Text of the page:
The originator of the line is Jules-Frédéric Jeanneret. He is listed as a finisseur in the village of Reprises in 1866, and this is the date traced by many of his family firms. He came from Dombresson, though his family was originally from Valangin. In Dombresson, Jeanneret married Cécile Sandoz, and the couple had two daughters and six sons, all of whom became watchmakers.
Jeanneret's initial firm was bankrupt by 1868, but he persisted. Jeanneret appears to have moved to Rue de la Malatte in Saint-Imier in partnership with Edouard Fallet. The firm is known as Jeanneret et Fallet starting in 1869, and relocated after 1871 to 34a Rue de Tramelan. Jeanneret et Fallet is listed there from 1873 through 1882, indicating the extent of this partnership.
The firm is called Jeanneret et Fils from 1883 through 1886, as Jules-Frédéric and Edouard go their separate ways. It is said that Jules-Fréderic Jeanneret and his brother in law Fritz Thalmann purchased the steam-powered factory on Rue du Pont known as Usine du Parc in 1885. Soon his brother Albert moved the family there, leaving Jules-Frédéric at 34a Rue de Tramelan. By 1890, advertisements list Jules-Fréd as a specialist watchmaker focused on interchangeable components and chronographs. By this time, Jeanneret had registered the Pigeon brand and had won a silver medal at the Anvers exposition in 1885.
Alb. Jeanneret & Frères is listed as successor to Jeanneret et Fils by 1889 but it is simply called Jeanneret Frères by 1894. This firm is located at 296 Rue du Pont advertised that it used the local steam plant to power its production machines, with the slogan “usine (a vapeur) du parc.” This firm also boasts of winning the 1885 silver medal, but advertises that it relies on the Colombe and Diana brands.
Jeanneret-Brehm was the successor to Jeanneret Frères by 1902, as Henri Jeanneret-Brehm took over the firm. Located in Saint-Imier on Usine du Parc, it claimed “fondée en 1866” in a 1902 advertisement in Indicateur Davoine.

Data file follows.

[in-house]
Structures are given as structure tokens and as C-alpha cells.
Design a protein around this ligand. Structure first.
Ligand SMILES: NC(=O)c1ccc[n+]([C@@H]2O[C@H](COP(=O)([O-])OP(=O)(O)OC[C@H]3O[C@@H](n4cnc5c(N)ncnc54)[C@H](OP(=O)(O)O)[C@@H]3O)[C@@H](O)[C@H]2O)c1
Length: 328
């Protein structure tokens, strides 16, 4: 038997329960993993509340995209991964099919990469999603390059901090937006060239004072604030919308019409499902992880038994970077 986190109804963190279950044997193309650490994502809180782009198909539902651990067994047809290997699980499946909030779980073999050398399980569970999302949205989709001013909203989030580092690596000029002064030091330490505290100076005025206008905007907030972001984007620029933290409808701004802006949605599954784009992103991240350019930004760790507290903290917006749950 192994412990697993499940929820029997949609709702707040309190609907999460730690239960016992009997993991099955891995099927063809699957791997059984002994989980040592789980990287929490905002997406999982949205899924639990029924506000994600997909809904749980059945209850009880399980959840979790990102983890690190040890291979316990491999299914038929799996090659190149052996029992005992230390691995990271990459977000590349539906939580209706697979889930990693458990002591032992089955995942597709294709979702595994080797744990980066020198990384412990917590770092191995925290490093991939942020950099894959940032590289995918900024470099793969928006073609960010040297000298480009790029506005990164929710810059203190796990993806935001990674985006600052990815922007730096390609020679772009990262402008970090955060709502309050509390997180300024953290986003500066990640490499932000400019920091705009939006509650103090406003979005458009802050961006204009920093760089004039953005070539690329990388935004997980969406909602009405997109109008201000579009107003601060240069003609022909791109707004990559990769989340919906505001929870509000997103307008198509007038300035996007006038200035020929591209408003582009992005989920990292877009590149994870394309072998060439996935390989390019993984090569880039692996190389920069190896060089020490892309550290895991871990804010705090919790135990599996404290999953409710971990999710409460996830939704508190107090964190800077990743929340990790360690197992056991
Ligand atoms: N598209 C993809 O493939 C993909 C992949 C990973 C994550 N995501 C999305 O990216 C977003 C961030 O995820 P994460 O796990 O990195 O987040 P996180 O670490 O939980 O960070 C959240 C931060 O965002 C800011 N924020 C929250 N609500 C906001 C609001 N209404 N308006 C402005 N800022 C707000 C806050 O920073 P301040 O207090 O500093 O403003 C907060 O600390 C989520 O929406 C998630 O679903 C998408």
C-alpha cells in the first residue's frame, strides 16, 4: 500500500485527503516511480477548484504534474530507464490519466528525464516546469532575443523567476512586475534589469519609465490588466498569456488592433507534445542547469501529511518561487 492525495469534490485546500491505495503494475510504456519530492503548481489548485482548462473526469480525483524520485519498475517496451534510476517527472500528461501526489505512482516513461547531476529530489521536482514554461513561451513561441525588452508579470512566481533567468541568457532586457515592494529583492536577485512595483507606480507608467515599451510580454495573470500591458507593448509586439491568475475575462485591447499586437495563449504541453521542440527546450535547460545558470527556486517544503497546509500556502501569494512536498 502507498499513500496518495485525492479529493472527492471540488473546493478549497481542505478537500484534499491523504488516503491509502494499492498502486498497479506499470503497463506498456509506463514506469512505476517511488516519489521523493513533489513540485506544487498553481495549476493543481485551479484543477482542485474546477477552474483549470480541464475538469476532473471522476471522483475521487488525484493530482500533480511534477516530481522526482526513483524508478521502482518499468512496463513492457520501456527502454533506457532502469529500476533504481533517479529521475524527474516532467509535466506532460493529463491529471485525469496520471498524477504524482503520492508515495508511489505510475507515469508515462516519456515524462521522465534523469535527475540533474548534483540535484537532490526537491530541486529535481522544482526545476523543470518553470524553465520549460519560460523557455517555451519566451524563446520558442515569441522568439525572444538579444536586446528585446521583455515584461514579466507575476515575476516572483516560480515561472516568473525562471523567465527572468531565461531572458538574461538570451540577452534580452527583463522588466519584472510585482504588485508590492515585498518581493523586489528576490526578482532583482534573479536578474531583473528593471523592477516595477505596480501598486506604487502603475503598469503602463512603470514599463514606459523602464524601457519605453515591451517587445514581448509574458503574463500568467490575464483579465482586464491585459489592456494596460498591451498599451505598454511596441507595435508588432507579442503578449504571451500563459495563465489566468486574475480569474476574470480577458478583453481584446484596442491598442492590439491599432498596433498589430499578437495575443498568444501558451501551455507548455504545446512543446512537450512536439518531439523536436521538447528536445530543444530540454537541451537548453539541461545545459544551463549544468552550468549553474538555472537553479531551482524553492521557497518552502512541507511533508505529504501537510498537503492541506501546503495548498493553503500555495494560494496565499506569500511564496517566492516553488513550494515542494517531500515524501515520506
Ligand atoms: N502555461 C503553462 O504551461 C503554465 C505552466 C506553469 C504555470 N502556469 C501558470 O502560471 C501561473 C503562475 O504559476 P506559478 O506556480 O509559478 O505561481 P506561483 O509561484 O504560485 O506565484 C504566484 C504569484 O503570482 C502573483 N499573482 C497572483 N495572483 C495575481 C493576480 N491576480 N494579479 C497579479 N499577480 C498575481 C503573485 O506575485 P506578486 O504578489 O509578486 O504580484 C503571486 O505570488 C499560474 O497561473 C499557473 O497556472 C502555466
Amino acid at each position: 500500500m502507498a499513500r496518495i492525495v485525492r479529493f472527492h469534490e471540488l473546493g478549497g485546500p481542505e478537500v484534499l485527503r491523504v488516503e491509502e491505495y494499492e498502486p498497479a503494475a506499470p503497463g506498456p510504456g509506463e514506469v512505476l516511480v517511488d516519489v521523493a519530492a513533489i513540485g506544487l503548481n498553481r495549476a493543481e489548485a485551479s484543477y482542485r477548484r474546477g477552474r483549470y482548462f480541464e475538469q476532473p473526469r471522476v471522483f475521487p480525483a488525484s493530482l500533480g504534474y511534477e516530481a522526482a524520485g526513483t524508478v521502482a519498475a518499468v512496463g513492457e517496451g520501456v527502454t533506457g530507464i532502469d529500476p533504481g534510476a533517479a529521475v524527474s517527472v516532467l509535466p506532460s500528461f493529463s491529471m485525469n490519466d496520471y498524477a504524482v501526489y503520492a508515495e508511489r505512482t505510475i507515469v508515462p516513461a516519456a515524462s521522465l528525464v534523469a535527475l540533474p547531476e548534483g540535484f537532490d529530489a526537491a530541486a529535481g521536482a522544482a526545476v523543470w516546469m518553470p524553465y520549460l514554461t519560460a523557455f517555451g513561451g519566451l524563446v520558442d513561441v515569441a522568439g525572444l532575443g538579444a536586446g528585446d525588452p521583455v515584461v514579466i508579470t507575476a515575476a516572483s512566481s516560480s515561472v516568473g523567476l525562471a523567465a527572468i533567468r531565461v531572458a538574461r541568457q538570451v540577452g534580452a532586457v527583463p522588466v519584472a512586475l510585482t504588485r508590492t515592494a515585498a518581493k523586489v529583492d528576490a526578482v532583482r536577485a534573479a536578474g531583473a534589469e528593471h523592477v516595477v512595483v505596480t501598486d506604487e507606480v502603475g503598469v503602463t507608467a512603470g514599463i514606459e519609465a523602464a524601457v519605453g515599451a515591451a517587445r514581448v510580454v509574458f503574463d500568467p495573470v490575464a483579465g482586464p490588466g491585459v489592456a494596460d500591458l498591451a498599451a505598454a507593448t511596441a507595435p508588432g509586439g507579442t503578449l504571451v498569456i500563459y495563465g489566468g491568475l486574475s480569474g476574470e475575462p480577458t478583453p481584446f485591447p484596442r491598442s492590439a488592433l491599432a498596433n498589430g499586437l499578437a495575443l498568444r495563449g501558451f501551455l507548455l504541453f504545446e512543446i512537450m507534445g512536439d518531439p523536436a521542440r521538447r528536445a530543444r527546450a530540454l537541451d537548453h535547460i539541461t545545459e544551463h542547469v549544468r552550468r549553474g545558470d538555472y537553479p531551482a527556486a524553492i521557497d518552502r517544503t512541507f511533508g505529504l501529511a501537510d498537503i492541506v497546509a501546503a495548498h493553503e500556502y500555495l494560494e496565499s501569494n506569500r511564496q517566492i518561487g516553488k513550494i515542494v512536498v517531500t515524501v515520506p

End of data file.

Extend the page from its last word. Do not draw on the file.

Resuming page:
By 1902, Jeanneret had registered the Excelsior name for 18 and 19 ligne chronograph movements, and noted in advertisements that these were intended for “Italie et Portugal” watches. Excelsior also produced “Compteurs de sport”, 30-minute stopwatches.
Jeanneret-Brehm purchased the Magnenat-LeCoultre factory in Saint-Imier in 1911 with financial assistance from the Gallet company. He had previously registered the Excelsior name but added the English “Park” at the suggestion of Gallet to make their products more accessible to English-speaking buyers. It is listed as Jeanneret-Brehm & Cie. by 1912 and Les Fils de Jeanneret-Brehm in 1918. In 1925 it is simply called Excelsior Park.
Henri Jeanneret-Brehm died on August 4, 1932 at the age of 76. He had long suffered a painful illness. Henri's brother Samuel Jeanneret followed in December 1939 at 73. The firm remained in family hands, however. In their place, Robert-Henri Jeanneret managed the factory before turning it over to his son, Robert-Edmond Jeanneret, grandson of Jules-Frédéric. He oversaw the end of Excelsior Park, with closed shortly before his death in 1985.
From 1918 through 1983, Excelsior Park manufactured a range of stopwatches, branded watches, and watch movements for Gallet, Girard-Perregaux, and Zenith. The company focused on timing movements, including stopwatches and chronographs, and was quite successful in the post-war period. Their chief competitor (especially for business with Zenith) was Martel and their close partner, Universal.
Excelsior Park faced many difficulties and nearly ceased operations in 1975 as the American market, which made up as much as half of the market, switched to cheaper Asian or electronic timers. Still, production in Saint-Imier continued until March 31, 1983, when the company sent all the workers home and stopped production. Although companies like Gallet and Revue Thommen were able to purchase some remaining stock, the brand and factory went unclaimed. The company was finally liquidated on December 12, 1985, shortly after the death of fourth-generation president Robert-Edmond Jeanneret in May. The name went to Flume Company of Germany who were unable to revive it.